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IMF ready to resume dialog with Ukraine after it reaches gas agreement with Moscow

November 15, 2011, 16:50 UTC+3
The Fund representative presented a forecast of Ukraine’s macroeconomic indicators in 2012
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KIEV, November 15 (Itar-Tass) —— The International Monetary Fund (IMF) is ready to intensify negotiations with Ukraine on a review of the stand-by program after Ukraine attains final results at the gas negotiations with Moscow, IMF Resident Representative in Ukraine Max Alier said at the sixth annual conference of the Adam Smith Institute, “Ukrainian Banking Forum”, on Tuesday.

He said the IMF decided to wait for an outcome of the Ukraine-Russia gas talks. “Our mission was here for two weeks, we were actively negotiating at different levels... It was a very fruitful discussion [and] we understood each other well. We understood our positions well. The government of Ukraine believes that another agreement with Russia on gas will be signed... and we agreed to wait until the final results," Alier said.

The Fund representative presented a forecast of Ukraine’s macroeconomic indicators in 2012. He forecasted a general deterioration of the economic situation, for instance, the deficit of Ukraine’s balance of payment might reach 5.5% of GDP, the GDP growth might keep within 3.5-4%, and the inflation would be less than 10%.

The IMF mission announced on November 4 that it had taken a pause for making additional technical work. The mission visited Kiev from October 25 to November 3 to elaborate recommendations for the IMF Board of Directors on the completion of the review of the stand-by program and the granting of the next loan tranche to Ukraine.

A mission of the International Monetary Fund (IMF) is completing consultations with the Ukrainian authorities and non-governmental organizations on the allocation of the next tranche of the stand-by loan, the Ukrainian National Bank reported on November 4.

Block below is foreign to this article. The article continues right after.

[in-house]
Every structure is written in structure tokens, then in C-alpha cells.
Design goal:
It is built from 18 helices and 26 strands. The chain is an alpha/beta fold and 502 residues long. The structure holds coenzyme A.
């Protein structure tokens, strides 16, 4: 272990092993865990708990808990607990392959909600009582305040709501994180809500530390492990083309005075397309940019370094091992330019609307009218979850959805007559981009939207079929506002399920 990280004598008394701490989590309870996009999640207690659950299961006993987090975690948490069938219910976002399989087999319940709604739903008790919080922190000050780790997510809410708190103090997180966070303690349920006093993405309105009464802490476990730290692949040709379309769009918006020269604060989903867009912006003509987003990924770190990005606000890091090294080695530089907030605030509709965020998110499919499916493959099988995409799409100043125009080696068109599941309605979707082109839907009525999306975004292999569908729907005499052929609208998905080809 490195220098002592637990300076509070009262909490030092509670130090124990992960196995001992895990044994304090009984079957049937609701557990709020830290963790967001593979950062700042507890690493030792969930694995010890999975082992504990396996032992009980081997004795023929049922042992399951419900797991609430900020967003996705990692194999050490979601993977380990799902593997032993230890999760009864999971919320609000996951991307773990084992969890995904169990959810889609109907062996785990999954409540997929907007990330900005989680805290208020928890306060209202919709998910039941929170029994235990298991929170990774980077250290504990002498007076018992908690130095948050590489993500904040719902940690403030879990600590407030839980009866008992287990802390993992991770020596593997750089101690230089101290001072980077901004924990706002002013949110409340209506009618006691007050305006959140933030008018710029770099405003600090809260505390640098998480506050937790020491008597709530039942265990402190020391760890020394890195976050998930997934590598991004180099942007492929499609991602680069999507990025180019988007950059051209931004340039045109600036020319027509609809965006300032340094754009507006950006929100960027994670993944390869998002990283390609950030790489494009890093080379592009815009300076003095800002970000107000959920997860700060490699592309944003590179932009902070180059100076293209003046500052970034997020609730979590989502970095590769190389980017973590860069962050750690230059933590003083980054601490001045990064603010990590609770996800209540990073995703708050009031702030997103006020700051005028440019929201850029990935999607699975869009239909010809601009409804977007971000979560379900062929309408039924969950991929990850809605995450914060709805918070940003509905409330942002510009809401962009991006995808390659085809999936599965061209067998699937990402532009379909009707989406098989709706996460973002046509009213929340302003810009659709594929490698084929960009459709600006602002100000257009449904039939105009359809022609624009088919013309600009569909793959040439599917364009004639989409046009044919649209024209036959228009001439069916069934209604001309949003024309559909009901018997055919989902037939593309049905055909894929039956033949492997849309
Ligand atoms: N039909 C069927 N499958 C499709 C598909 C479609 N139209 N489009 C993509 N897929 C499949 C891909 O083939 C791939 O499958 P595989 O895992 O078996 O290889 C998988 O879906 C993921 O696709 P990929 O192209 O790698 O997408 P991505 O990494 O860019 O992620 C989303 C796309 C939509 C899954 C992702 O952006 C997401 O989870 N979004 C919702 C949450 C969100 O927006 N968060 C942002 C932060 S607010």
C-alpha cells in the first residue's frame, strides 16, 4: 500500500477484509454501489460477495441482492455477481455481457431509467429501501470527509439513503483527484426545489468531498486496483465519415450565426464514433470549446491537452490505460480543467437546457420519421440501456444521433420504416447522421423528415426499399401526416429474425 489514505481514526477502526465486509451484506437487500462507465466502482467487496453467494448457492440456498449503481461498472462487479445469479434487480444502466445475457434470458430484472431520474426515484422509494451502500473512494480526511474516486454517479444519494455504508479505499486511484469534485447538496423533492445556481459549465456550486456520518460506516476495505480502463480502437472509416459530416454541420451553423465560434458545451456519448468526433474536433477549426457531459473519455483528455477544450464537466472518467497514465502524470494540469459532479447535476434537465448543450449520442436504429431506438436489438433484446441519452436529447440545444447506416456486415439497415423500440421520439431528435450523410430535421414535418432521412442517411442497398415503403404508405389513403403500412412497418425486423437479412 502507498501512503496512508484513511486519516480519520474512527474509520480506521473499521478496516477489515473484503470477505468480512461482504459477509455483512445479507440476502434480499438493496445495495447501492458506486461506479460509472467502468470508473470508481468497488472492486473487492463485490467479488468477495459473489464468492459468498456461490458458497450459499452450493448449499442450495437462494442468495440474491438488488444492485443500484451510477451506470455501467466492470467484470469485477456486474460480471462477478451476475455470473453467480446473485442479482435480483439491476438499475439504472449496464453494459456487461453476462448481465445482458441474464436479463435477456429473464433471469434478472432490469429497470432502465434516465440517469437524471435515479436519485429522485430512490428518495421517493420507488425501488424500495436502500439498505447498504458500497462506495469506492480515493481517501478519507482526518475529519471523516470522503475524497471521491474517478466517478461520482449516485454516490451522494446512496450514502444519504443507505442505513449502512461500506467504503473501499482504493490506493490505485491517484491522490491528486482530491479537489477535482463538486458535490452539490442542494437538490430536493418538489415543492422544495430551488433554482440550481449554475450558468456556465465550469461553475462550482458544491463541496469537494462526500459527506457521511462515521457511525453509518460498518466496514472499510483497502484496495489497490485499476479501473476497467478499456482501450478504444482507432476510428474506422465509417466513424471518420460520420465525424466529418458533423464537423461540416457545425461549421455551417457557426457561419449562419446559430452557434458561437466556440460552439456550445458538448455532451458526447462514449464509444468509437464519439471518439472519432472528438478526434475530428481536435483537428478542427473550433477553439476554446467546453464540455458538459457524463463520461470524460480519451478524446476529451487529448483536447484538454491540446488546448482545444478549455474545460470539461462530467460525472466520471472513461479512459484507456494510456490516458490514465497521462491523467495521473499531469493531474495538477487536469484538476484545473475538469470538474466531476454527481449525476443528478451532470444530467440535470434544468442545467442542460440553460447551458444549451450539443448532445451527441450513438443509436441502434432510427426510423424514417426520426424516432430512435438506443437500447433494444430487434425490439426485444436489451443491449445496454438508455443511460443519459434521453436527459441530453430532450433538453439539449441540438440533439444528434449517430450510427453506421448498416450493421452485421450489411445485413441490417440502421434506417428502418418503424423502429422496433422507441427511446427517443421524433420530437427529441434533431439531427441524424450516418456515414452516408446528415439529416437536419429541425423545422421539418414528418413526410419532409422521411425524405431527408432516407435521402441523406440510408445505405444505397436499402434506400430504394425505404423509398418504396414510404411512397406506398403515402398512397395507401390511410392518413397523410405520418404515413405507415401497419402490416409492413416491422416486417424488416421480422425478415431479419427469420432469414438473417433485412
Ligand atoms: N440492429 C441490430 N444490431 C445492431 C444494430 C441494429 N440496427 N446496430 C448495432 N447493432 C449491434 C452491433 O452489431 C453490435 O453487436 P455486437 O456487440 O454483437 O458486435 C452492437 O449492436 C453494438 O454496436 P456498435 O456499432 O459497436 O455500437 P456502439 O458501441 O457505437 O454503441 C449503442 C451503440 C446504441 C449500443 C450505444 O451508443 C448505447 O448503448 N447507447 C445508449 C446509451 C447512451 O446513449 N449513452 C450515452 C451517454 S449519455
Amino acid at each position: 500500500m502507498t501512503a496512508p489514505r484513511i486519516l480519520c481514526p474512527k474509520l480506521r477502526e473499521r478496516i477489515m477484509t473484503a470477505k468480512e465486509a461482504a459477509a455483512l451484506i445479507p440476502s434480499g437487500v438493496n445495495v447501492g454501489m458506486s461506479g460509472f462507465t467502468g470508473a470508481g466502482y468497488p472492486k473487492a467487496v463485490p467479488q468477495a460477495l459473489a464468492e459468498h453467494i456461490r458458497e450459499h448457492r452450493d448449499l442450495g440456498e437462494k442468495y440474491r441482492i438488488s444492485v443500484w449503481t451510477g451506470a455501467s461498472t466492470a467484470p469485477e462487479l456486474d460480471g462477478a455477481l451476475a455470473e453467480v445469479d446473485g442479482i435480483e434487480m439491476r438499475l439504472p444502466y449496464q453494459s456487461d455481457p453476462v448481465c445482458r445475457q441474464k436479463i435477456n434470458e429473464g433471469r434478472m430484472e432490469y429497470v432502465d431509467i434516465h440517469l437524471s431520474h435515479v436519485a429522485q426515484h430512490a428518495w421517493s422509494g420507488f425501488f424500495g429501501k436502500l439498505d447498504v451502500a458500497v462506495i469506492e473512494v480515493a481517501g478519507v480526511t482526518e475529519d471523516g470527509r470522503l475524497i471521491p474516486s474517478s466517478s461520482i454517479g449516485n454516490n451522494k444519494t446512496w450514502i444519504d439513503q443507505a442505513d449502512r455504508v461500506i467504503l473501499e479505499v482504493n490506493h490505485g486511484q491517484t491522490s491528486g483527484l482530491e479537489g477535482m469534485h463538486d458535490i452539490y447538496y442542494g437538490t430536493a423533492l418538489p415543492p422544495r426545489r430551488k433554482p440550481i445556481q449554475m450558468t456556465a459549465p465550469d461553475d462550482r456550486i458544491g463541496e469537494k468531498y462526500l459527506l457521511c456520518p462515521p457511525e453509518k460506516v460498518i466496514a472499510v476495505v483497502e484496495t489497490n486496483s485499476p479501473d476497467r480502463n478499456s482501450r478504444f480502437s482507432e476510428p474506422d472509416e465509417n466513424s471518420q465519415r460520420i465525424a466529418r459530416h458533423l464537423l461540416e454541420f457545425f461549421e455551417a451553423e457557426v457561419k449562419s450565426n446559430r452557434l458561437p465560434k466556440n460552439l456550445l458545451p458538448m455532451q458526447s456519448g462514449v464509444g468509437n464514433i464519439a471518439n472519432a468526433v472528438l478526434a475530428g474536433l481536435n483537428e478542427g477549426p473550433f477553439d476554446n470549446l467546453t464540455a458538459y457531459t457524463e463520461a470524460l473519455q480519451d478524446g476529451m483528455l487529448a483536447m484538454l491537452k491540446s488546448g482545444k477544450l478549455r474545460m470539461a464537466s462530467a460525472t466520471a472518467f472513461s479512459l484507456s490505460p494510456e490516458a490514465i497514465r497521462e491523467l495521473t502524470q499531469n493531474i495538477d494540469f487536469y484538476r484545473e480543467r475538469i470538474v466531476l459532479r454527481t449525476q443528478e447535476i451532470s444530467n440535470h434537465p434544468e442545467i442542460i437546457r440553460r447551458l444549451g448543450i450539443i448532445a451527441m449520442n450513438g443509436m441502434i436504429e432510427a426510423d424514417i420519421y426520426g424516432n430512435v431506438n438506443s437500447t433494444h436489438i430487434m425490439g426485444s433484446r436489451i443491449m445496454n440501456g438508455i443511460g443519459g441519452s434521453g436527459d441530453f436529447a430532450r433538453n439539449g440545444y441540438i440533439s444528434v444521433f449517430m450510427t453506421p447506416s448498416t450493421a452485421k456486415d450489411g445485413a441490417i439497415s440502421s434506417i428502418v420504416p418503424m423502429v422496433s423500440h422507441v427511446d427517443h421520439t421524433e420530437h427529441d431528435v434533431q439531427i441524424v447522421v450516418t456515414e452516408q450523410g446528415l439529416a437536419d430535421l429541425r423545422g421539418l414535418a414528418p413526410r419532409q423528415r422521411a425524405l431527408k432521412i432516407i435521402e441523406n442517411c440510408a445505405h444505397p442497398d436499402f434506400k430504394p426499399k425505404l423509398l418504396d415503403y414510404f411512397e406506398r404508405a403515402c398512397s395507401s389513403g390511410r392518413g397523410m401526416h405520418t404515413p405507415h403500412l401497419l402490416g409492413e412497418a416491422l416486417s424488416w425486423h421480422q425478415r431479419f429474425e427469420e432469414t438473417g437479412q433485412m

The bank hopes that the IMF and the Ukrainian government would resolve the remaining problems soon and the tranche necessary for further advancement of the Ukrainian reforms would be granted.

Deputy Prime Minister Sergei Tigipko and Finance Minister Fedor Yaroshenko visited Washington DC to discuss further cooperation with the IMF administration.

The Ukrainian government said many times that it hoped to receive two tranches, each of $1.5 billion, before the yearend. The government said that the money would be added to the Ukrainian National Bank reserves.

Ukraine needs the IMF loan in the first turn for maintaining the exchange rate of the hryvna. It has a deficit in the balance of trade and a rather high demand for hard currency for paying for Russian gas. The gold and foreign currency reserves of the Ukrainian National Bank reduced by more than $3 billion in the past month.

An IMF demand to Ukraine is the growth of gas and heating charges.

The $16 billion loan was approved on July 29, 2010, to support the economic reforms in Ukraine. The program takes 2.5 years, and the loan has an annual interest of 3.5%.

Ukraine received the first tranche of $1.89 billion immediately after the approval of the program. The IMF Board of Directors approved the allocation of the second tranche, $1.5 billion, on December 22, 2010, on a number of conditions, including the pension reform.


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